The drama surrounding the New York Mets doesn't seem likely to end any time soon. The drama surrounding Dave Hudgens' firing has taken on a life of its own, as he went on a media tour yesterday essentially spilling the beans on the inner workings of the Mets. Then a report surfaced this morning that Hudgens' firing didn't come from Sandy Alderson, but COO Jeff Wilpon, Howard Megdal of Capital New York reports.
According to Megdal's report, Wilpon overruled GM Sandy Alderson on the matter of Hudgens' employment status. Hudgens has had a long history with Alderson, going back to their days working with the Oakland A's in the 1980's, and Alderson had nothing but praise for his work ethic in interviews after the firing. Megdal's report states that Wilpon sent multiple angry messages to Alderson during and after Monday's loss to the Pittsburgh Pirates, and essentially ordered Alderson to fire the hitting coach.
Sources within the Mets refused to comment on Megdal's report, instead referring to Alderson's comments after the firing as their official response. Alderson himself has denied the charge of being ordered to fire Hudgens, and insists that it was his decision and his alone. The perception from the Mets doesn't seem to be matching what Hudgens told reporters in interviews, however, as he indicated that Alderson isn't being allowed to mold the team in the way he wants by ownership.
If this report is true, the Mets are in deep trouble. The Wilpons, Jeff in particular, have shown zero baseball acumen and business sense over the last decade. The Mets have had only three winning seasons since the Wilpons attained full ownership in 2002, and Mets fans have long been afraid of Jeff Wilpon constantly meddling with his baseball people like a poor man's Jerry Jones. This incident will do nothing to calm their fears.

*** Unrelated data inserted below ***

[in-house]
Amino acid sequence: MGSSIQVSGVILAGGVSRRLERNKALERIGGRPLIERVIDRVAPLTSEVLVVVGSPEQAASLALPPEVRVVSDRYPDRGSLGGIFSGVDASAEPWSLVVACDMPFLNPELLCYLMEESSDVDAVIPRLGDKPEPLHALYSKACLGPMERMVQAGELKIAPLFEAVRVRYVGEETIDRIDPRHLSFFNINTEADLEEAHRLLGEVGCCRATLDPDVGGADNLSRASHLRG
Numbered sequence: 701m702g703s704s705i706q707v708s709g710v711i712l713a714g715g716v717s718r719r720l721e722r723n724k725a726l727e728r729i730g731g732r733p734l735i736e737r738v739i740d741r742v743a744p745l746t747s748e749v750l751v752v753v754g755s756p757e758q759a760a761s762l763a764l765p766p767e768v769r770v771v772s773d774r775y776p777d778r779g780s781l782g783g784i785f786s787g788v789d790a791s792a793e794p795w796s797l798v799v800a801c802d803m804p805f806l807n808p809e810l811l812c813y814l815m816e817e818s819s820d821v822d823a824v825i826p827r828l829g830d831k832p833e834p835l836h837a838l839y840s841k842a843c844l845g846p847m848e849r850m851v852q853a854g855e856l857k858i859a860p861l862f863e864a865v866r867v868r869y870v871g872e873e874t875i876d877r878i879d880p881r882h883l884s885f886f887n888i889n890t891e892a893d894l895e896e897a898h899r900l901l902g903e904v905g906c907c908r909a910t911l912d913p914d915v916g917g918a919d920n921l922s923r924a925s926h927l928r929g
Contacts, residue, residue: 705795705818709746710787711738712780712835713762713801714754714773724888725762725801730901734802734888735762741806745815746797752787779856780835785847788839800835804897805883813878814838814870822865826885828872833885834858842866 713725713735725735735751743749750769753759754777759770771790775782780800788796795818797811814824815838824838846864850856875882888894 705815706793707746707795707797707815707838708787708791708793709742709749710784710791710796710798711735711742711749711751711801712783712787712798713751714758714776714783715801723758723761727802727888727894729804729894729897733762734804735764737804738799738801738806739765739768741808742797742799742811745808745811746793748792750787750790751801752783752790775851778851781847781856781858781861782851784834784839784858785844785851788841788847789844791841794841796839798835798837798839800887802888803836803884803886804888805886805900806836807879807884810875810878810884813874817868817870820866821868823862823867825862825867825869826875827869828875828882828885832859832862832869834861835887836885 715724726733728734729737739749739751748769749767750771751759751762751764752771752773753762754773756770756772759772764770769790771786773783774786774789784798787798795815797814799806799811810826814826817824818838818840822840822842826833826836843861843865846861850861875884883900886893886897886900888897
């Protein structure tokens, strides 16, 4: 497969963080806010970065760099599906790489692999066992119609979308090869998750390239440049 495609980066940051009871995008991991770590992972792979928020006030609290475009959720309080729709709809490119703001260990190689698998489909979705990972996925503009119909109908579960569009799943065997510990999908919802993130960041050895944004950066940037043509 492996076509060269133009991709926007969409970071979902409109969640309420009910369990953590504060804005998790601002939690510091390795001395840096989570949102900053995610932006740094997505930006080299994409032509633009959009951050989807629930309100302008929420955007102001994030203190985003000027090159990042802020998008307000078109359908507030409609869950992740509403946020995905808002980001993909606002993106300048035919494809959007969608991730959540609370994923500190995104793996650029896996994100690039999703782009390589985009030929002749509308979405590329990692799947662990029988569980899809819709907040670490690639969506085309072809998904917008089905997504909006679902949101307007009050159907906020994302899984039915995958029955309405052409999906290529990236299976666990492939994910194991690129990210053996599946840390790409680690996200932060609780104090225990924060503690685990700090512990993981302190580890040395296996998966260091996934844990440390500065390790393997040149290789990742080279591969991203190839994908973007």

If the Mets want to stop this drama from building, they need to let Alderson execute his plan and be honest about the team's finances. Alderson's comments to the press yesterday came off as organizational spin about trying to generate ticket sales for a terrible product, instead of genuine visions for the future. If Jeff Wilpon doesn't let Alderson execute his plan, there is a good chance he will walk away after his contract expires at the end of the season. It will be very difficult to convince anyone to take a GM post with the Mets after that, as many around the league are convinced the Wilpons are more involved in baseball decisions than is presently reported.
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